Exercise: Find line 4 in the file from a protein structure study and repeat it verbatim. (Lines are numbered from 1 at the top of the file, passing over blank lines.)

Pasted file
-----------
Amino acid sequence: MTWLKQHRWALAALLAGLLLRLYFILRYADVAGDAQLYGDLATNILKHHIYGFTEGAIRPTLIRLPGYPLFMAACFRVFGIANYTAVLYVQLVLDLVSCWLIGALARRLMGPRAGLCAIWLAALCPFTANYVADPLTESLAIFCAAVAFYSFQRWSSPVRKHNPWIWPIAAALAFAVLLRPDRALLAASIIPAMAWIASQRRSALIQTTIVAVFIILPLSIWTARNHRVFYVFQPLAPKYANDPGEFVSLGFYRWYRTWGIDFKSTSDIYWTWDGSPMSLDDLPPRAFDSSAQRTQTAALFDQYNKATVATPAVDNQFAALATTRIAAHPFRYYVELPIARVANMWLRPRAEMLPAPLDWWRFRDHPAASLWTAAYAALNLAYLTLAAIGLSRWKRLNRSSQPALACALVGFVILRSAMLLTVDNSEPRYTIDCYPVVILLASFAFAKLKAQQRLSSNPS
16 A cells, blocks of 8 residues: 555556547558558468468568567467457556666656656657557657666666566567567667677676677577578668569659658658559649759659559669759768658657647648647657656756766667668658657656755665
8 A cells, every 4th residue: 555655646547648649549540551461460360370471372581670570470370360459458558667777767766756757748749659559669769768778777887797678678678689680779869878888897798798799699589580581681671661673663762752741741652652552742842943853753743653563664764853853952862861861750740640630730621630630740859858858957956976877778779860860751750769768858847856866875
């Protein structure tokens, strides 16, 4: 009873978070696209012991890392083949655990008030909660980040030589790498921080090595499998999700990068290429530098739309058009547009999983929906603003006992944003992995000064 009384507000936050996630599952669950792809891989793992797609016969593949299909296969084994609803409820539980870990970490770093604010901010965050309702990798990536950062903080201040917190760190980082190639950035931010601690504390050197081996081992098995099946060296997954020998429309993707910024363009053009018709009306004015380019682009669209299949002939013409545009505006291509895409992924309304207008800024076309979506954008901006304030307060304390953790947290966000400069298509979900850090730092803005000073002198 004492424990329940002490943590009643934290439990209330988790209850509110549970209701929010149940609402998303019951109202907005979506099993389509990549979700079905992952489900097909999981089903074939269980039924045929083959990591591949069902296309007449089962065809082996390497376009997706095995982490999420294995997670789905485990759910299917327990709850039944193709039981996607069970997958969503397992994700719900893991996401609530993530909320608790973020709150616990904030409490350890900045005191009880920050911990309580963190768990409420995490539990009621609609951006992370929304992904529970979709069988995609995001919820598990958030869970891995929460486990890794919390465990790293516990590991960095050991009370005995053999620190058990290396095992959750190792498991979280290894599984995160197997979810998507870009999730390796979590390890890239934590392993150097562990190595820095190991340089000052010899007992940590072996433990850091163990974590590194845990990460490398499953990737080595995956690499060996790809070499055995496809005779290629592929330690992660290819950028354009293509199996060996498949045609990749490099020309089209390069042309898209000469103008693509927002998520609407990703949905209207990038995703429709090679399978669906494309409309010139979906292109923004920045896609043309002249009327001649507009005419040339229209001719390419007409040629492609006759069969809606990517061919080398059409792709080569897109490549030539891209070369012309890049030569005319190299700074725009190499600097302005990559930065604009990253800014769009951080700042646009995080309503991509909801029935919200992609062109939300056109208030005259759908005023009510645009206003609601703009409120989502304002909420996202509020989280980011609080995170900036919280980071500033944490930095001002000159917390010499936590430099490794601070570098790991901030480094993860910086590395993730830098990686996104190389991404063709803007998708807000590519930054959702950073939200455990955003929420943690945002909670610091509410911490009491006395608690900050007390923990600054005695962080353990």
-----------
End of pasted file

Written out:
């Protein structure tokens, strides 16, 4: 009873978070696209012991890392083949655990008030909660980040030589790498921080090595499998999700990068290429530098739309058009547009999983929906603003006992944003992995000064 009384507000936050996630599952669950792809891989793992797609016969593949299909296969084994609803409820539980870990970490770093604010901010965050309702990798990536950062903080201040917190760190980082190639950035931010601690504390050197081996081992098995099946060296997954020998429309993707910024363009053009018709009306004015380019682009669209299949002939013409545009505006291509895409992924309304207008800024076309979506954008901006304030307060304390953790947290966000400069298509979900850090730092803005000073002198 004492424990329940002490943590009643934290439990209330988790209850509110549970209701929010149940609402998303019951109202907005979506099993389509990549979700079905992952489900097909999981089903074939269980039924045929083959990591591949069902296309007449089962065809082996390497376009997706095995982490999420294995997670789905485990759910299917327990709850039944193709039981996607069970997958969503397992994700719900893991996401609530993530909320608790973020709150616990904030409490350890900045005191009880920050911990309580963190768990409420995490539990009621609609951006992370929304992904529970979709069988995609995001919820598990958030869970891995929460486990890794919390465990790293516990590991960095050991009370005995053999620190058990290396095992959750190792498991979280290894599984995160197997979810998507870009999730390796979590390890890239934590392993150097562990190595820095190991340089000052010899007992940590072996433990850091163990974590590194845990990460490398499953990737080595995956690499060996790809070499055995496809005779290629592929330690992660290819950028354009293509199996060996498949045609990749490099020309089209390069042309898209000469103008693509927002998520609407990703949905209207990038995703429709090679399978669906494309409309010139979906292109923004920045896609043309002249009327001649507009005419040339229209001719390419007409040629492609006759069969809606990517061919080398059409792709080569897109490549030539891209070369012309890049030569005319190299700074725009190499600097302005990559930065604009990253800014769009951080700042646009995080309503991509909801029935919200992609062109939300056109208030005259759908005023009510645009206003609601703009409120989502304002909420996202509020989280980011609080995170900036919280980071500033944490930095001002000159917390010499936590430099490794601070570098790991901030480094993860910086590395993730830098990686996104190389991404063709803007998708807000590519930054959702950073939200455990955003929420943690945002909670610091509410911490009491006395608690900050007390923990600054005695962080353990």